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Muscle to Back the Rap

Muay Thai boxer Charles Williams isn't the only pro athlete to try to make it in hip-hop.

"Roy Jones Jr. was a great boxer who came out with an album," says Williams. "It wasn't that good.... [Deion Sanders] also came out with an album. But he should stick to what he does best. They try to rap just because they can."

Billed as Joint Response, Williams and partner DJ Shag have performed at Brick by Brick, Tio Leo's, and Buster Daly's. The duo has released a 16-song CD and a three-song 12-inch disc.

"It's on colored vinyl," says Williams. "It's orange with red streaks. When you have live shows, it's good to have wax.... Financially, I wasn't able to get a lot of copies made," so Joint Response is out of CDs and records.

Williams, who lives in Santee, was raised in Southeast San Diego.

"I have been training since I was 13. I got into [martial arts] because of Bruce Lee movies."

Does the kickboxing ever hinder his music-making?

"Only if I get beat up real bad and have to do a show the next day.... The worst I had was a black eye and bruises.... I've seen people get knocked out where they had to be carried out on stretchers. I saw guys going into seizures."

He says muay Thai is an art form, unlike ultimate fighting, "...where anything goes.... A lot of people just call [muay Thai] kickboxing. You use your shins, knees, elbows, and hands." His last paid fight was April 1 in Denver. "That was my K-1 debut. The K-1 organization is the highest level of muay Thai."

Williams, born in 1974 (the same year "Kung Fu Fighting" was a number-one hit), says he hasn't written any kickboxing tunes. "I'd like to connect the two, but I don't want it to be corny. I would rather come out as an MC and have people say, 'Oh, he's a kickboxer too.'"

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Muay Thai boxer Charles Williams isn't the only pro athlete to try to make it in hip-hop.

"Roy Jones Jr. was a great boxer who came out with an album," says Williams. "It wasn't that good.... [Deion Sanders] also came out with an album. But he should stick to what he does best. They try to rap just because they can."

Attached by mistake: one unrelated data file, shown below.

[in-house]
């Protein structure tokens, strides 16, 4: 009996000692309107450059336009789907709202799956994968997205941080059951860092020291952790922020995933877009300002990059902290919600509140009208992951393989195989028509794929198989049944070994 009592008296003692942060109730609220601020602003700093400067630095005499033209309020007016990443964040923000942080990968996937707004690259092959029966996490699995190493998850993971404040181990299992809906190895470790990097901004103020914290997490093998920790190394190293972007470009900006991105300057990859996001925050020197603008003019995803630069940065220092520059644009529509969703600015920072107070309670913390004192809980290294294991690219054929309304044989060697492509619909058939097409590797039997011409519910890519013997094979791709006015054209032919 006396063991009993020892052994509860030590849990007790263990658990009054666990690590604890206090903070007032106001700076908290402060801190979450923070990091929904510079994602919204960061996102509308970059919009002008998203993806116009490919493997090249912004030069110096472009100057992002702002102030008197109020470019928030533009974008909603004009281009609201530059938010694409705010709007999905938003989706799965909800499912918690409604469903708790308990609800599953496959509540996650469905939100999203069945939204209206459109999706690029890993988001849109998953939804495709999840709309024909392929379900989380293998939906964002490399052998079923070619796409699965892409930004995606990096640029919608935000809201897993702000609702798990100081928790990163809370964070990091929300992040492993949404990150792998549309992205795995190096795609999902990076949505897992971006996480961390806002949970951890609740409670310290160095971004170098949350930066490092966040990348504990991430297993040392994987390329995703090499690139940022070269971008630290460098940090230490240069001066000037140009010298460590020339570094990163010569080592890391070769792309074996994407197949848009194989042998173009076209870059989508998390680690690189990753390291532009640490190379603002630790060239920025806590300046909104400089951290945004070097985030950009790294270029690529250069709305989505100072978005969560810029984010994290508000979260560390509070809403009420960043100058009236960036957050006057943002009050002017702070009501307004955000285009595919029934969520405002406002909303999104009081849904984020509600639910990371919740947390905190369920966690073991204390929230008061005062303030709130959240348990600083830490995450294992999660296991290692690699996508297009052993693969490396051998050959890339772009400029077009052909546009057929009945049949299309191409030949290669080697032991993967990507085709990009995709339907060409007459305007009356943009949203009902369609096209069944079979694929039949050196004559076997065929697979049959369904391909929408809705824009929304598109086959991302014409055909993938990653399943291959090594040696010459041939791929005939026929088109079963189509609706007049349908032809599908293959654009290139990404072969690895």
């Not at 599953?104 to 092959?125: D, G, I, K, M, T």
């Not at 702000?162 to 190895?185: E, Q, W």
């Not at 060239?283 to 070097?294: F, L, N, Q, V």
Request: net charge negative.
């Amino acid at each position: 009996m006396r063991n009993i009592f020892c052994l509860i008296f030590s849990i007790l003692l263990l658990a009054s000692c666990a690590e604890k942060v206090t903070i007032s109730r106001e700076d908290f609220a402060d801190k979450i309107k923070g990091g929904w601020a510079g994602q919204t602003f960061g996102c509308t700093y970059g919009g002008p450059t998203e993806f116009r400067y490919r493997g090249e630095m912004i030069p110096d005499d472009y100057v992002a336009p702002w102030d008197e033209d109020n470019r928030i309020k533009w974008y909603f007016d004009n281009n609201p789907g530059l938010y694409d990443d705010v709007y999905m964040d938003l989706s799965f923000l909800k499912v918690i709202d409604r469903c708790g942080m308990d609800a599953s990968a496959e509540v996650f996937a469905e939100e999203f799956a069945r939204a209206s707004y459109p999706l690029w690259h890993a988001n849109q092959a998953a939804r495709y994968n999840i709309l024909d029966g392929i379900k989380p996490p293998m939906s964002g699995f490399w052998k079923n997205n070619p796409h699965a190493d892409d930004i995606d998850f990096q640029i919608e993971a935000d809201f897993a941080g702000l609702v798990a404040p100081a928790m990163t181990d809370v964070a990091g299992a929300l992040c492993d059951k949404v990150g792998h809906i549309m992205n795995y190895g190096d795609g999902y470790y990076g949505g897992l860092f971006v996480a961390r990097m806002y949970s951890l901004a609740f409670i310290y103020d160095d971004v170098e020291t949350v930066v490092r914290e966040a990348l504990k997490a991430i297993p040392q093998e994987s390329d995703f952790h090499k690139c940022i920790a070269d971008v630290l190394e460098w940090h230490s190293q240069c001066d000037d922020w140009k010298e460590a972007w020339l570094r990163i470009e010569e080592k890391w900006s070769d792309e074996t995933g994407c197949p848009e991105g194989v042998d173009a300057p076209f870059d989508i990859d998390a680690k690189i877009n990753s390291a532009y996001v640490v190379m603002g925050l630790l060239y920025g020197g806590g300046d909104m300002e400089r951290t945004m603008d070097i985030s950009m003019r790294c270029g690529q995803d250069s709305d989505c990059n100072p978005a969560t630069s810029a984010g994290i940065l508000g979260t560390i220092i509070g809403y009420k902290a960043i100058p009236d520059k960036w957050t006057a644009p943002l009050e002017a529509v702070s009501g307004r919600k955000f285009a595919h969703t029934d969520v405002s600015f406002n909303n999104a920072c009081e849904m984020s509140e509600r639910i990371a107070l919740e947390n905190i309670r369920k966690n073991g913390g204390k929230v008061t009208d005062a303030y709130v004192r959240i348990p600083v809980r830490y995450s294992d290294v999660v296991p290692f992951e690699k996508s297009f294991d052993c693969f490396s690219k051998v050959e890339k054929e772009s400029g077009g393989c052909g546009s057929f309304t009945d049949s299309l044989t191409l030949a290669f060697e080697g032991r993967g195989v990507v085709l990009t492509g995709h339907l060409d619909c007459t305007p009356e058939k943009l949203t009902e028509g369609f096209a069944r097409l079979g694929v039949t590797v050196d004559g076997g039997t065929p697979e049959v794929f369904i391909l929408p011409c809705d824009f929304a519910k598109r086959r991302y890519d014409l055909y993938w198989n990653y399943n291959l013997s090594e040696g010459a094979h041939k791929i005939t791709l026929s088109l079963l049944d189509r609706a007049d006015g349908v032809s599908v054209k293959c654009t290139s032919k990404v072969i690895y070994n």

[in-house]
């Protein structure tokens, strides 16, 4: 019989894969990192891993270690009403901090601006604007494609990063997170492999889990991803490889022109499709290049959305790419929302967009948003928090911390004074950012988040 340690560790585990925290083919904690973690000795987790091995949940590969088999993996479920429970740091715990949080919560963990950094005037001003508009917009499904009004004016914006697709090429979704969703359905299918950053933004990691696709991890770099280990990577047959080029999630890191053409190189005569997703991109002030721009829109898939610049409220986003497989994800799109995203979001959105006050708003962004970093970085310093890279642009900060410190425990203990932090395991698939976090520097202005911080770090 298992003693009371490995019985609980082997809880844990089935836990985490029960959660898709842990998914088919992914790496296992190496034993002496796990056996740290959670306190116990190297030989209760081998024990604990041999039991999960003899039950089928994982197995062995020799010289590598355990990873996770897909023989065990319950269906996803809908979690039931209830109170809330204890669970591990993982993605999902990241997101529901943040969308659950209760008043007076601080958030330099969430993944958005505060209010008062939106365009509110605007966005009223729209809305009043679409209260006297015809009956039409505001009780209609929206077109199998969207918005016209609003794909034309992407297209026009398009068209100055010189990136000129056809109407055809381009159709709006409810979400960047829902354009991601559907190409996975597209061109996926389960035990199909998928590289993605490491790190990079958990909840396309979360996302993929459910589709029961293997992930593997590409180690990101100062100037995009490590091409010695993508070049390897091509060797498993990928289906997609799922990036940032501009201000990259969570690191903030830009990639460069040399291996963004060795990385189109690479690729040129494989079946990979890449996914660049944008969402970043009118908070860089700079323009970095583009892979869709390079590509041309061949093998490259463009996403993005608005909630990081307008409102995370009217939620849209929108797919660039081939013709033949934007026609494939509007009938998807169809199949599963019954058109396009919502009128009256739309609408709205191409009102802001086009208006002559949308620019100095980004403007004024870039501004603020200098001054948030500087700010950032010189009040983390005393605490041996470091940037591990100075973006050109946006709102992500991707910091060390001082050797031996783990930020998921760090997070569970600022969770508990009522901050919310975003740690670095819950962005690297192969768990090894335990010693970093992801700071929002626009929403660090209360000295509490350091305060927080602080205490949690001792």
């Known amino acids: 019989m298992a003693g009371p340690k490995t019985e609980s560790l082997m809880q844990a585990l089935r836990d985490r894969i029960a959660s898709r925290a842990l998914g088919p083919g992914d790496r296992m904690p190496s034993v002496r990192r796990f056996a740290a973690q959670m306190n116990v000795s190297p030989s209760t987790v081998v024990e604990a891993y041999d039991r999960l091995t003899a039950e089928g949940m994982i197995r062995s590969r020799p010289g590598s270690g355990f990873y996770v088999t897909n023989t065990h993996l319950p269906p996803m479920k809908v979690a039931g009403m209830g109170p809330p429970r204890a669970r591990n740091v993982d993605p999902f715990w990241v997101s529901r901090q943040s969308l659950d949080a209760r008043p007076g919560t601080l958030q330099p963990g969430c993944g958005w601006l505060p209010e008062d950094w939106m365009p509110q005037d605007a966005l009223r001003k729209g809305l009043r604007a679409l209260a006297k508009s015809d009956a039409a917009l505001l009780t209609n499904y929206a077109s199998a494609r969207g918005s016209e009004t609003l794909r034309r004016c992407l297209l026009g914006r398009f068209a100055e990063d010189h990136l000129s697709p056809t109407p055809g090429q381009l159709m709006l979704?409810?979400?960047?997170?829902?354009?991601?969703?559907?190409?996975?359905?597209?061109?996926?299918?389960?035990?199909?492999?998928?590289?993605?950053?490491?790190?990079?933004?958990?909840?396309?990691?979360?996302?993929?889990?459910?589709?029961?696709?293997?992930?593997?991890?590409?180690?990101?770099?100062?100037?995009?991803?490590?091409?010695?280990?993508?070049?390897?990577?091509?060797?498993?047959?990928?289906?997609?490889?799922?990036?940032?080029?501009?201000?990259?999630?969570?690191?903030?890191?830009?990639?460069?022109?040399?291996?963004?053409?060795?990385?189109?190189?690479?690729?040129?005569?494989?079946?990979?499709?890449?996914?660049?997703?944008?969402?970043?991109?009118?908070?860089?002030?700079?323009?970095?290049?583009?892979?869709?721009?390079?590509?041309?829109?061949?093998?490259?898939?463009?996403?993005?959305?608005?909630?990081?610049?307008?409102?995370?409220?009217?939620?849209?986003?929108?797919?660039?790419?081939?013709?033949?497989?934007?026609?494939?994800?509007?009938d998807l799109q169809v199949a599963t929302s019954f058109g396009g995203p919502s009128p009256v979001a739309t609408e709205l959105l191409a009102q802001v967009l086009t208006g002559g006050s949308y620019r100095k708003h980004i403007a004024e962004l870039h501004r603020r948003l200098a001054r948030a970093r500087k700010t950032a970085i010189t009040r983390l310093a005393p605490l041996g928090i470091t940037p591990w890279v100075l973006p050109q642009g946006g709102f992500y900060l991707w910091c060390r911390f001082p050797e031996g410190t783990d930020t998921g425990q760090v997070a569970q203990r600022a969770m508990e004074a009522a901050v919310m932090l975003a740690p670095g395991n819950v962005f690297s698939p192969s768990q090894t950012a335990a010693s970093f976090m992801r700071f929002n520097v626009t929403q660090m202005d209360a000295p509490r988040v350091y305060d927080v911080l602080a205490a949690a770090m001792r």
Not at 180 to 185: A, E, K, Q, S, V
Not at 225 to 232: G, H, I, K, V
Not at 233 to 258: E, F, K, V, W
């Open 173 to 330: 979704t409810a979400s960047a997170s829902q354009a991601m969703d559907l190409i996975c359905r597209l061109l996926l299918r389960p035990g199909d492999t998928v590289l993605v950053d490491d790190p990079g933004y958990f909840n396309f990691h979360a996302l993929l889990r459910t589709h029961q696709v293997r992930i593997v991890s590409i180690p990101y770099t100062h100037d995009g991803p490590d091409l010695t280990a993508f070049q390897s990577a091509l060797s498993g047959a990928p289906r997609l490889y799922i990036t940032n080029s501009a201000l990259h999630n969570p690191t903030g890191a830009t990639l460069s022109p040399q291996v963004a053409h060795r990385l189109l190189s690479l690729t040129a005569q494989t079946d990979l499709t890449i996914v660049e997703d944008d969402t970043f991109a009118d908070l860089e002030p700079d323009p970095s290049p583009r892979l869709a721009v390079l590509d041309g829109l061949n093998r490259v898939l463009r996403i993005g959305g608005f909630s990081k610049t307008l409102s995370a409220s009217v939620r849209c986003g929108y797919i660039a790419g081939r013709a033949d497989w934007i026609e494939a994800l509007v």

Billed as Joint Response, Williams and partner DJ Shag have performed at Brick by Brick, Tio Leo's, and Buster Daly's. The duo has released a 16-song CD and a three-song 12-inch disc.

"It's on colored vinyl," says Williams. "It's orange with red streaks. When you have live shows, it's good to have wax.... Financially, I wasn't able to get a lot of copies made," so Joint Response is out of CDs and records.

Williams, who lives in Santee, was raised in Southeast San Diego.

"I have been training since I was 13. I got into [martial arts] because of Bruce Lee movies."

Does the kickboxing ever hinder his music-making?

"Only if I get beat up real bad and have to do a show the next day.... The worst I had was a black eye and bruises.... I've seen people get knocked out where they had to be carried out on stretchers. I saw guys going into seizures."

He says muay Thai is an art form, unlike ultimate fighting, "...where anything goes.... A lot of people just call [muay Thai] kickboxing. You use your shins, knees, elbows, and hands." His last paid fight was April 1 in Denver. "That was my K-1 debut. The K-1 organization is the highest level of muay Thai."

Williams, born in 1974 (the same year "Kung Fu Fighting" was a number-one hit), says he hasn't written any kickboxing tunes. "I'd like to connect the two, but I don't want it to be corny. I would rather come out as an MC and have people say, 'Oh, he's a kickboxer too.'"

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